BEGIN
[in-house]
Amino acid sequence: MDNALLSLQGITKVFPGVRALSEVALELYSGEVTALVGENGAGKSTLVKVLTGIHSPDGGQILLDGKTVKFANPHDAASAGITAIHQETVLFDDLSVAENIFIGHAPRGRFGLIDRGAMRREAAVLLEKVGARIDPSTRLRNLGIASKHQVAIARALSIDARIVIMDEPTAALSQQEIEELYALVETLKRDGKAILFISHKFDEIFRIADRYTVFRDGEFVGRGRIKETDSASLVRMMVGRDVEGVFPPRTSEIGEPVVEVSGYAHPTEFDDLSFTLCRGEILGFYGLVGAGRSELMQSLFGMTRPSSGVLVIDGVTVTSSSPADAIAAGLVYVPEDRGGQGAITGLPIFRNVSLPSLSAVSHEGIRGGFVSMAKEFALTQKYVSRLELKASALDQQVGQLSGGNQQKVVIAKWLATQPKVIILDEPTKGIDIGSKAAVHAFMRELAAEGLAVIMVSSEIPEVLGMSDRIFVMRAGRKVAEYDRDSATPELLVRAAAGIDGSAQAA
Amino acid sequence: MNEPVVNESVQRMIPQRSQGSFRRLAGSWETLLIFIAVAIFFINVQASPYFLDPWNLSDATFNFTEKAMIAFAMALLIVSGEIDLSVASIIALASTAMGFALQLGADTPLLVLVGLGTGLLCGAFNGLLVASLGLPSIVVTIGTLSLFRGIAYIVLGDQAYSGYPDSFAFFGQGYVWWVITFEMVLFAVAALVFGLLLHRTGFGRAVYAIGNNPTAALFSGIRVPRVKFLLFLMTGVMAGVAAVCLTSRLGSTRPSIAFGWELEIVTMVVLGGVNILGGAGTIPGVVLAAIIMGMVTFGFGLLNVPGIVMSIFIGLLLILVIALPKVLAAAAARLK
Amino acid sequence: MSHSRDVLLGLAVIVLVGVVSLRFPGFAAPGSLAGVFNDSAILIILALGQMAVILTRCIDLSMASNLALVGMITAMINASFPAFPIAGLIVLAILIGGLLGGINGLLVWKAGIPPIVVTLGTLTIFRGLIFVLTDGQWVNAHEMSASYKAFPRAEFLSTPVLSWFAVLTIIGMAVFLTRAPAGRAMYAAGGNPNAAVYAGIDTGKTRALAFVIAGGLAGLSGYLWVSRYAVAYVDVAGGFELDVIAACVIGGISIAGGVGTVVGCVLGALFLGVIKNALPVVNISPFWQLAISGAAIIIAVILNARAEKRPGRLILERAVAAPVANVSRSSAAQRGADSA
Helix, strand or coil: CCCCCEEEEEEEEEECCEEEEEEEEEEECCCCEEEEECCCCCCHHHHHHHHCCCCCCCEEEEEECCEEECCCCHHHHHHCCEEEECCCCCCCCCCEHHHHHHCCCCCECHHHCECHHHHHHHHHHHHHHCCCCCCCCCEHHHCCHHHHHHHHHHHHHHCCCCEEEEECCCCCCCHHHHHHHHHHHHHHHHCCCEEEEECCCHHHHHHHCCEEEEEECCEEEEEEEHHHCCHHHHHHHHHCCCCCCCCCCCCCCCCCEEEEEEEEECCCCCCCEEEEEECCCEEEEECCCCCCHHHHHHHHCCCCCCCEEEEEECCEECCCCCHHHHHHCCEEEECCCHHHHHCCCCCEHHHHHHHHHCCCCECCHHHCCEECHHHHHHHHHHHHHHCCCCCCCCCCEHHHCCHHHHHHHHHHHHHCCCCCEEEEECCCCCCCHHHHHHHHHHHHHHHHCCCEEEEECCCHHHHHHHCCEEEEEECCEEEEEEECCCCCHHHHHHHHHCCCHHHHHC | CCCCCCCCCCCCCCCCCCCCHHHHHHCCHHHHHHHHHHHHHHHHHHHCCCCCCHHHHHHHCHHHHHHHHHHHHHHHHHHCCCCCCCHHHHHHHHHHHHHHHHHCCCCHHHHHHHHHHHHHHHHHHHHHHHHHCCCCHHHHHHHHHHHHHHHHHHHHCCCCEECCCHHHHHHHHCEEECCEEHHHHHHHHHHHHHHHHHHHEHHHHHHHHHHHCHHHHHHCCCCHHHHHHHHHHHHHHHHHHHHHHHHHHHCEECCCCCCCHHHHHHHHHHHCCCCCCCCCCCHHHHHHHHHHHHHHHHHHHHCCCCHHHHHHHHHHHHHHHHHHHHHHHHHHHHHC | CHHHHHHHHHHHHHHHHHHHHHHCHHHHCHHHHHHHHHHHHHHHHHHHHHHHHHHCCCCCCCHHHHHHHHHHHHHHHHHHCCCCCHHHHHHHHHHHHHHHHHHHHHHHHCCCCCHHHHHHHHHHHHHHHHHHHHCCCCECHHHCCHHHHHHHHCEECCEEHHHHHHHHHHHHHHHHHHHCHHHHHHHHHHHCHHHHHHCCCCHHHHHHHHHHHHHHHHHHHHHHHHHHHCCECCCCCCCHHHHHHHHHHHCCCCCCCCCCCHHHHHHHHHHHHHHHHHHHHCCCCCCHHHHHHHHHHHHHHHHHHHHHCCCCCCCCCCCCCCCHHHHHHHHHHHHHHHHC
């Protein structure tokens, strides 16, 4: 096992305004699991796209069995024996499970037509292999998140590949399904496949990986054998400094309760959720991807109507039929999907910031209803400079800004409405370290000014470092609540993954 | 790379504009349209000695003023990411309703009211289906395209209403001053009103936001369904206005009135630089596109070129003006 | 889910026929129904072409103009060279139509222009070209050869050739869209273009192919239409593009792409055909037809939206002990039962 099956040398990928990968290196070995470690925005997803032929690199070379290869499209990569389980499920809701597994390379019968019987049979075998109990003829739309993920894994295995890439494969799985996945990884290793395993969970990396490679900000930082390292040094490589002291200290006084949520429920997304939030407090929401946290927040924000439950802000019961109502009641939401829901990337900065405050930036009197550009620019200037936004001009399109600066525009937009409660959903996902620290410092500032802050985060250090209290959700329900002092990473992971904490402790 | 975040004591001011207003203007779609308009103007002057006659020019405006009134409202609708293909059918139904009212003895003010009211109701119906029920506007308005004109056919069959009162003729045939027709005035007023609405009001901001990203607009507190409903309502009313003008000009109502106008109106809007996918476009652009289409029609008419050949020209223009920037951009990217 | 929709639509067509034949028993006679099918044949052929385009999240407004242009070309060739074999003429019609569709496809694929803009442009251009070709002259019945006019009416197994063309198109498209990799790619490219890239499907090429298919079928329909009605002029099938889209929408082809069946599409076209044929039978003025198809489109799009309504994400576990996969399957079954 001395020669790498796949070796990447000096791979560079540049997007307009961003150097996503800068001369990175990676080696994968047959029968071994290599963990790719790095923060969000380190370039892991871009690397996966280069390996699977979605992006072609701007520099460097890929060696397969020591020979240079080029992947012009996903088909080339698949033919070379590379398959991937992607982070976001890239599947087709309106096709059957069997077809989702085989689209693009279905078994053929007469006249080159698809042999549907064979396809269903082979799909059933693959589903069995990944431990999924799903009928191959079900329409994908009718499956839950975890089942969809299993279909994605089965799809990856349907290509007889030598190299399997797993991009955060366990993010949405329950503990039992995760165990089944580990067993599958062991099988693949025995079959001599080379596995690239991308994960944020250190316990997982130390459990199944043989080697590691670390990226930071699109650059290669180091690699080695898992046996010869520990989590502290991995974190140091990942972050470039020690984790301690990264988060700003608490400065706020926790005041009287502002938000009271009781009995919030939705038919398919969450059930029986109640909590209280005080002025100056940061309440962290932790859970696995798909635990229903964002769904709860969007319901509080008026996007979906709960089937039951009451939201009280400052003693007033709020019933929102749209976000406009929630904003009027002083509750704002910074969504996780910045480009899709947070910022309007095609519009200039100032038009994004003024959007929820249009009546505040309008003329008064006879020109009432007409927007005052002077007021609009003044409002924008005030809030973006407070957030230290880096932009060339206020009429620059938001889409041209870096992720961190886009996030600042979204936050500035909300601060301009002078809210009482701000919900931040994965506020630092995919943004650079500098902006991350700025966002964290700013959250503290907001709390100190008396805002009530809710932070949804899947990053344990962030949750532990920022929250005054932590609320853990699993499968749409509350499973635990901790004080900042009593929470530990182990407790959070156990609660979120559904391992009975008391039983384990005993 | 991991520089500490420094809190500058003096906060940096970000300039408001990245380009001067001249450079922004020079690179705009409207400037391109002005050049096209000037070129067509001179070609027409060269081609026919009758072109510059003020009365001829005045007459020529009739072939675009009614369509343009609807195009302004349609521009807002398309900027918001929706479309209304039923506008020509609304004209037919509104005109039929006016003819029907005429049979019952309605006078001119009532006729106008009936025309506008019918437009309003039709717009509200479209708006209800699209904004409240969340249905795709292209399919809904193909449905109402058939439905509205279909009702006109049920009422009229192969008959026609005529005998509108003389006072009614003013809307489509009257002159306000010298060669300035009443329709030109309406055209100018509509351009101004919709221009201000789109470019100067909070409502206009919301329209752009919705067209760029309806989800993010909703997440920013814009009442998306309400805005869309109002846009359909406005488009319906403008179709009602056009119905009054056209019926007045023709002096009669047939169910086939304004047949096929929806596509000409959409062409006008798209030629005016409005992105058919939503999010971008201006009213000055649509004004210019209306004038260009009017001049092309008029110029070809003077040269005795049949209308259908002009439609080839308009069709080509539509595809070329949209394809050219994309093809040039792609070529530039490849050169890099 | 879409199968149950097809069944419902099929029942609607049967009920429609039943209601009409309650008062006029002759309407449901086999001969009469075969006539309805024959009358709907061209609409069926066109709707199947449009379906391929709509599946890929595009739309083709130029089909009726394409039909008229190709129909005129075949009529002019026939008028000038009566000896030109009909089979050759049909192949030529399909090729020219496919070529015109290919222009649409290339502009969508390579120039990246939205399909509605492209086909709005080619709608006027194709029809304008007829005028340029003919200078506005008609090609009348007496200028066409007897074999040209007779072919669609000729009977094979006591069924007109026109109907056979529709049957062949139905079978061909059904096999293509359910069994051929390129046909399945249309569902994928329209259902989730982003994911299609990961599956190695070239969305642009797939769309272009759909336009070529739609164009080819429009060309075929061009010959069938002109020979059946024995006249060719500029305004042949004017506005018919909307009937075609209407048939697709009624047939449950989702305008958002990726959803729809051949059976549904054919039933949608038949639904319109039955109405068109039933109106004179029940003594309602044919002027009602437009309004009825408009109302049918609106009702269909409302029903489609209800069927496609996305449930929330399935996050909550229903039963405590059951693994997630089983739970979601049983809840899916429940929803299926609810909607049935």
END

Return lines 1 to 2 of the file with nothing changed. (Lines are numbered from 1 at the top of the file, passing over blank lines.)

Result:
[in-house]
Amino acid sequence: MDNALLSLQGITKVFPGVRALSEVALELYSGEVTALVGENGAGKSTLVKVLTGIHSPDGGQILLDGKTVKFANPHDAASAGITAIHQETVLFDDLSVAENIFIGHAPRGRFGLIDRGAMRREAAVLLEKVGARIDPSTRLRNLGIASKHQVAIARALSIDARIVIMDEPTAALSQQEIEELYALVETLKRDGKAILFISHKFDEIFRIADRYTVFRDGEFVGRGRIKETDSASLVRMMVGRDVEGVFPPRTSEIGEPVVEVSGYAHPTEFDDLSFTLCRGEILGFYGLVGAGRSELMQSLFGMTRPSSGVLVIDGVTVTSSSPADAIAAGLVYVPEDRGGQGAITGLPIFRNVSLPSLSAVSHEGIRGGFVSMAKEFALTQKYVSRLELKASALDQQVGQLSGGNQQKVVIAKWLATQPKVIILDEPTKGIDIGSKAAVHAFMRELAAEGLAVIMVSSEIPEVLGMSDRIFVMRAGRKVAEYDRDSATPELLVRAAAGIDGSAQAA